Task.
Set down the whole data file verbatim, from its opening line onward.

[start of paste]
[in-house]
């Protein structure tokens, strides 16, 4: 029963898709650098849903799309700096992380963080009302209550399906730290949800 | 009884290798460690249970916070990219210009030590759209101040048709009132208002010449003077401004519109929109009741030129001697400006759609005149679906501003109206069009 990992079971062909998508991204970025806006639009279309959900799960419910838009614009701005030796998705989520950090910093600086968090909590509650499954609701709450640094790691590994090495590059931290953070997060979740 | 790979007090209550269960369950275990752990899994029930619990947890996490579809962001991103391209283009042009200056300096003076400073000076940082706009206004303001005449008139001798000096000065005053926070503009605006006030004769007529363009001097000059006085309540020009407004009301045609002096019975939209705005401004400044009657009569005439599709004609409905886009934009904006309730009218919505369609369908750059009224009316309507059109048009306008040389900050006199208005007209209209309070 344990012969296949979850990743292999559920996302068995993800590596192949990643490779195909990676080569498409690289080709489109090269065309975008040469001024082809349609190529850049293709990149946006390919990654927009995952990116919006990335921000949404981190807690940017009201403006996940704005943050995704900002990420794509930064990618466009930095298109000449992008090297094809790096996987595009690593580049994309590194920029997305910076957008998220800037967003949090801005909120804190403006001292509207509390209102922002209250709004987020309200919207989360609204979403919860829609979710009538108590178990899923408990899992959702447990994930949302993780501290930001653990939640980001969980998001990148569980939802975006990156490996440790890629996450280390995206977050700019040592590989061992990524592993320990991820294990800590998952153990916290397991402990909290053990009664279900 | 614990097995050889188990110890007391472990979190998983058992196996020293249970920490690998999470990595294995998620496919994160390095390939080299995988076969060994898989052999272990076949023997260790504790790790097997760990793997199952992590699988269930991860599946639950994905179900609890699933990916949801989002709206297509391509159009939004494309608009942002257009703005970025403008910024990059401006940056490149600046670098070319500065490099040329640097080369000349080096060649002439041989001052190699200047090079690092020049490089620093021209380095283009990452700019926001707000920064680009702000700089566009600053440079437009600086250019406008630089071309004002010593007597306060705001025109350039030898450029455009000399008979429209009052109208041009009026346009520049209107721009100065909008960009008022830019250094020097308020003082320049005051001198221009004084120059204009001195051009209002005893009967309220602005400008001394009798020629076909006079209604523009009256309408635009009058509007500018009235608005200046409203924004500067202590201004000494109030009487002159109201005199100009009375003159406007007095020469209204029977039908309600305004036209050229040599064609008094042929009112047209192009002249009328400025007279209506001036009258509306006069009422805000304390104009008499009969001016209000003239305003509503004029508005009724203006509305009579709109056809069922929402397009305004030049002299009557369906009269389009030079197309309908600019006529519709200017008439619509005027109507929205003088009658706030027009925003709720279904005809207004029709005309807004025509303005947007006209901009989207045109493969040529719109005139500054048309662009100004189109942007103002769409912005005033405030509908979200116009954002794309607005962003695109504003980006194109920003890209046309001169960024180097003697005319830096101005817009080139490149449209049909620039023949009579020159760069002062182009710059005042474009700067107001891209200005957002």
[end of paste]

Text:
[in-house]
């Protein structure tokens, strides 16, 4: 029963898709650098849903799309700096992380963080009302209550399906730290949800 | 009884290798460690249970916070990219210009030590759209101040048709009132208002010449003077401004519109929109009741030129001697400006759609005149679906501003109206069009 990992079971062909998508991204970025806006639009279309959900799960419910838009614009701005030796998705989520950090910093600086968090909590509650499954609701709450640094790691590994090495590059931290953070997060979740 | 790979007090209550269960369950275990752990899994029930619990947890996490579809962001991103391209283009042009200056300096003076400073000076940082706009206004303001005449008139001798000096000065005053926070503009605006006030004769007529363009001097000059006085309540020009407004009301045609002096019975939209705005401004400044009657009569005439599709004609409905886009934009904006309730009218919505369609369908750059009224009316309507059109048009306008040389900050006199208005007209209209309070 344990012969296949979850990743292999559920996302068995993800590596192949990643490779195909990676080569498409690289080709489109090269065309975008040469001024082809349609190529850049293709990149946006390919990654927009995952990116919006990335921000949404981190807690940017009201403006996940704005943050995704900002990420794509930064990618466009930095298109000449992008090297094809790096996987595009690593580049994309590194920029997305910076957008998220800037967003949090801005909120804190403006001292509207509390209102922002209250709004987020309200919207989360609204979403919860829609979710009538108590178990899923408990899992959702447990994930949302993780501290930001653990939640980001969980998001990148569980939802975006990156490996440790890629996450280390995206977050700019040592590989061992990524592993320990991820294990800590998952153990916290397991402990909290053990009664279900 | 614990097995050889188990110890007391472990979190998983058992196996020293249970920490690998999470990595294995998620496919994160390095390939080299995988076969060994898989052999272990076949023997260790504790790790097997760990793997199952992590699988269930991860599946639950994905179900609890699933990916949801989002709206297509391509159009939004494309608009942002257009703005970025403008910024990059401006940056490149600046670098070319500065490099040329640097080369000349080096060649002439041989001052190699200047090079690092020049490089620093021209380095283009990452700019926001707000920064680009702000700089566009600053440079437009600086250019406008630089071309004002010593007597306060705001025109350039030898450029455009000399008979429209009052109208041009009026346009520049209107721009100065909008960009008022830019250094020097308020003082320049005051001198221009004084120059204009001195051009209002005893009967309220602005400008001394009798020629076909006079209604523009009256309408635009009058509007500018009235608005200046409203924004500067202590201004000494109030009487002159109201005199100009009375003159406007007095020469209204029977039908309600305004036209050229040599064609008094042929009112047209192009002249009328400025007279209506001036009258509306006069009422805000304390104009008499009969001016209000003239305003509503004029508005009724203006509305009579709109056809069922929402397009305004030049002299009557369906009269389009030079197309309908600019006529519709200017008439619509005027109507929205003088009658706030027009925003709720279904005809207004029709005309807004025509303005947007006209901009989207045109493969040529719109005139500054048309662009100004189109942007103002769409912005005033405030509908979200116009954002794309607005962003695109504003980006194109920003890209046309001169960024180097003697005319830096101005817009080139490149449209049909620039023949009579020159760069002062182009710059005042474009700067107001891209200005957002």